With the fascinating history and some of the best hiking in the world, Hawaii is home to a variety of hiking trails that will also teach us lessons in history and culture. From old military bunkers to ancient Hawaiian fishing villages, these 13 hiking trails found throughout the Hawaiian Islands will lead hikers on an unforgettable journey back in time.
We’re aware that these uncertain times are limiting many aspects of life as we all practice social and physical distancing. While we’re continuing to feature destinations that make our state wonderful, we don’t expect or encourage you to go check them out immediately. We believe that supporting local attractions is important now more than ever and we hope our articles inspire your future adventures! And on that note, please nominate your favorite local business that could use some love right now:
1. Pu’u Loa Petroglyphs Trail, Hawaii Island
Found off the breathtaking Chain of Craters road within Hawaii Volcanoes National Park, this petroglyph site is both gorgeous and culturally significant. More than 23,000 petroglyph images can be found in this expansive field, and you will see many of them along the 1.5-mile (round trip) boardwalk trail.
2. Diamond Head State Monument, Oahu
This iconic Hawaiian hike is perhaps the state’s most popular destination, known for its sweeping views of Honolulu. But not everyone knows that the crater was once home to Fort Ruger, the first United States Military reservation in Hawaii. At one point, hikers will find themselves ascending a spiral staircase inside a coastal artillery observation platform built in 1908. Today, only the Hawaii State Civil Defense and a National Guard facility remain in the crater.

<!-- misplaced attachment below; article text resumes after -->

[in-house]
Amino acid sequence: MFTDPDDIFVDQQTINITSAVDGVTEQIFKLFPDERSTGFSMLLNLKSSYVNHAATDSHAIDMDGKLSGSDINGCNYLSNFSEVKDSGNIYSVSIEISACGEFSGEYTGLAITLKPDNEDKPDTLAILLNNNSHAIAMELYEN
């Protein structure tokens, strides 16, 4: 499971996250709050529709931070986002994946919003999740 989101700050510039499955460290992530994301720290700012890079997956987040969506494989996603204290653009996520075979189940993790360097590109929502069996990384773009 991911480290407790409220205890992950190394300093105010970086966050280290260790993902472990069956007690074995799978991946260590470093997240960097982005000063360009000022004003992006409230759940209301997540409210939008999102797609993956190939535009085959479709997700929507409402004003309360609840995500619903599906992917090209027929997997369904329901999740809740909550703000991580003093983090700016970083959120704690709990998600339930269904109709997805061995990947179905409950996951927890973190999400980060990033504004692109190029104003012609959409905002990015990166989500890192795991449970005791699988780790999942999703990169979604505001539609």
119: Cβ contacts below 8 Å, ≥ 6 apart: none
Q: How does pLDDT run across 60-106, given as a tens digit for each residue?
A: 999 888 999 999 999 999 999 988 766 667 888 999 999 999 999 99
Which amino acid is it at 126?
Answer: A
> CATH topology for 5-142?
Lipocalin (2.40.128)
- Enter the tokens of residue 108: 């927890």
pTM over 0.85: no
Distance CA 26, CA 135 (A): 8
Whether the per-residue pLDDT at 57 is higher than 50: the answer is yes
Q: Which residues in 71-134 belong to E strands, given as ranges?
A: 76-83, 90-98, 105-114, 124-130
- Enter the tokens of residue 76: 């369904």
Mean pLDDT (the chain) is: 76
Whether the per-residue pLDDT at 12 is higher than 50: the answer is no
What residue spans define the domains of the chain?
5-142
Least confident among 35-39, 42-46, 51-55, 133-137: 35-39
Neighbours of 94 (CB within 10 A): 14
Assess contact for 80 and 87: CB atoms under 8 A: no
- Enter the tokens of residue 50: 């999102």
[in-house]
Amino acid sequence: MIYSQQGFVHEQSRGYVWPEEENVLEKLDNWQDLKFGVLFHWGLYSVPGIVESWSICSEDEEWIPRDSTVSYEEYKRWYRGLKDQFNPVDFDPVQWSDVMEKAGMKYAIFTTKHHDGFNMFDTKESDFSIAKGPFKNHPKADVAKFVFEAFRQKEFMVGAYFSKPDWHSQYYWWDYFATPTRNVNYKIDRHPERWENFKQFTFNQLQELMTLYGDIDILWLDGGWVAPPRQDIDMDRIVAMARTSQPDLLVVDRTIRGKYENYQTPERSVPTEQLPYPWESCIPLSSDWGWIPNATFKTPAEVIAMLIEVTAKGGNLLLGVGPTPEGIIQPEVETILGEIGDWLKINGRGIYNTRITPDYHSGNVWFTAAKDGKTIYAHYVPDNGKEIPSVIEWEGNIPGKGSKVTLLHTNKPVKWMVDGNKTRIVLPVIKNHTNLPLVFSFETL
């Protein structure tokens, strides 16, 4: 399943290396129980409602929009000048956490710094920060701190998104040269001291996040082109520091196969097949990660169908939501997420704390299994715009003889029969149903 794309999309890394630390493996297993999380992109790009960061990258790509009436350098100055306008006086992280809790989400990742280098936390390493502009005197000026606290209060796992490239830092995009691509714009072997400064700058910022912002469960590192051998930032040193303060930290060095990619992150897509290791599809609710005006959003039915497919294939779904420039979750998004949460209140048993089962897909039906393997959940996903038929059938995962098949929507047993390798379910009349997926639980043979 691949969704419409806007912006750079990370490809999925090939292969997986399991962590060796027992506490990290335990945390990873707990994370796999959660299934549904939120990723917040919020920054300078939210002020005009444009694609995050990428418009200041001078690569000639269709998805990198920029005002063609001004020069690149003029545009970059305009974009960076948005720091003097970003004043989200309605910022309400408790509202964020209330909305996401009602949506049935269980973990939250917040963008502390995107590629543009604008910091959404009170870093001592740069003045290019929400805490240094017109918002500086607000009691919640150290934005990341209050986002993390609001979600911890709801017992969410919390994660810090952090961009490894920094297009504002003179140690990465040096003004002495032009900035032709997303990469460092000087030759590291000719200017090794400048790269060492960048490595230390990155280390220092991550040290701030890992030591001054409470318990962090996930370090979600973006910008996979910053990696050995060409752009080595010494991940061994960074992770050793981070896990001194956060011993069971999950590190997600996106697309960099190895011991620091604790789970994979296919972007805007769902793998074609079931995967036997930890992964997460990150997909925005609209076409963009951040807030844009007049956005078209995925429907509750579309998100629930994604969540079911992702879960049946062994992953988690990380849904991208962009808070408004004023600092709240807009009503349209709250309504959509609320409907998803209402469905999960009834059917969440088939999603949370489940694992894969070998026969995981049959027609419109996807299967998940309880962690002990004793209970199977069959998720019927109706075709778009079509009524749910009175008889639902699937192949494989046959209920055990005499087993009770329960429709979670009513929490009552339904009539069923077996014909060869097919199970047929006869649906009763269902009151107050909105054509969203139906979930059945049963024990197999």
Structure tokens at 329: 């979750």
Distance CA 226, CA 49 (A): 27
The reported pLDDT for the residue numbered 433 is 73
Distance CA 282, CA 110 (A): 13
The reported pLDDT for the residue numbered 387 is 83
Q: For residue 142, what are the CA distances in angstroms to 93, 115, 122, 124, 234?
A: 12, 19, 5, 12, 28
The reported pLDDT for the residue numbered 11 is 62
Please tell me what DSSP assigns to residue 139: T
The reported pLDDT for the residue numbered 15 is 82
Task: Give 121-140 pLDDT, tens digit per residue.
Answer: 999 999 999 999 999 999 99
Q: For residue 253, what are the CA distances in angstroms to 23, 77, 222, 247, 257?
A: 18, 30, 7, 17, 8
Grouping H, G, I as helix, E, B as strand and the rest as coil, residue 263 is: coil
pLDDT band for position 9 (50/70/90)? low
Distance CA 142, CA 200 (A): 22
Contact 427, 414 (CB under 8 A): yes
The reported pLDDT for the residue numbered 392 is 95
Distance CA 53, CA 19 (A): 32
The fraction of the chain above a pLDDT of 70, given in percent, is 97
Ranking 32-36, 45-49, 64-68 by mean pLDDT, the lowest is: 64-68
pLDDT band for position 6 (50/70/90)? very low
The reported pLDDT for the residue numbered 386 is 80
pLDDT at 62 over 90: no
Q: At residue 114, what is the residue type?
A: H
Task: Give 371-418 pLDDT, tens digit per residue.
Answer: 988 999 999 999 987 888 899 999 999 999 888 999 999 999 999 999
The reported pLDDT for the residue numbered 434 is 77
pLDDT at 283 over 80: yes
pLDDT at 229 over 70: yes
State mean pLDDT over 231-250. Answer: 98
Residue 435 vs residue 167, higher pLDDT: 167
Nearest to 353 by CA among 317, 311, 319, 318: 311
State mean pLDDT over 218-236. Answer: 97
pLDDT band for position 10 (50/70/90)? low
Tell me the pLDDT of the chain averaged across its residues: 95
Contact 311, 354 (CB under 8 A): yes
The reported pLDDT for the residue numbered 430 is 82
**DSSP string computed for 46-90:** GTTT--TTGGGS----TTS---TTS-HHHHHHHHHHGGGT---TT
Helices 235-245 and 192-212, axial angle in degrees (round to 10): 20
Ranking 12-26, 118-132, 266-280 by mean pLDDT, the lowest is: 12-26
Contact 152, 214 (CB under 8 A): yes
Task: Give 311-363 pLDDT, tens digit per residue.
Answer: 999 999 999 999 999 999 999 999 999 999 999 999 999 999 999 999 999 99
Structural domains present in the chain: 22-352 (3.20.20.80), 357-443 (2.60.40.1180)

3. Lapakahi Village Interpretive Trail, Hawaii Island
Found within the rugged 262-acre oceanfront park is this easy one-mile loop trail through the partially restored remains of an ancient coastal fishing settlement with a variety of historic structures to check out throughout the carefully-placed footpath.
4. Iao Valley State Park, Maui
In the late 15th century, Maui’s ruler, Kaka’e, designated Iao Valley as an Ali’i burial ground, and in 1790 Kamehameha the Great defeated Kalanikupule and the Maui army during his quest to unify the islands during the Battle of Keaniwai. With a variety of hiking trails leading through the park, you’re sure to find one that suits your skillset.
5. Aiea Loop Trail, Oahu
Approximately halfway through this relatively easy 4.8-mile loop trail in Aiea, the wreckage of a B-24J bomber lies in a valley not far from the trail. The plane crashed here in May 1944 and is often considered to be one of Hawaii’s most well-known crash sites. While the wreckage is hard to spot, it makes for a fun game about halfway through your hike.
6. Ala Kahakai Trail, Hawaii Island
Traversing nearly 175 miles of pristine coastline on Hawaii Island is the Ala Kahakai Trail, established to access the traditional Hawaiian culture and natural resources. The section of trail between Pu'ukohola Heiau National Historic Site and Anaeho'omalu Bay is the most popularly-traveled.
7. Nualolo Cliff Trail, Kauai
A small beach and untouched valley surrounded by towering cliffs, Nualolo Kai is not only home to a large barrier reef, but also to one of the most extensive and well-preserved archaeological sites in all of Hawaii. Nualolo Kai is the site of an ancient Hawaiian fishing village, as well as an extensive Heiau (Hawaiian temple). While you can only visit the valley floor via boat, you can catch a glimpse of this historic site from the Nualolo Cliff Trail.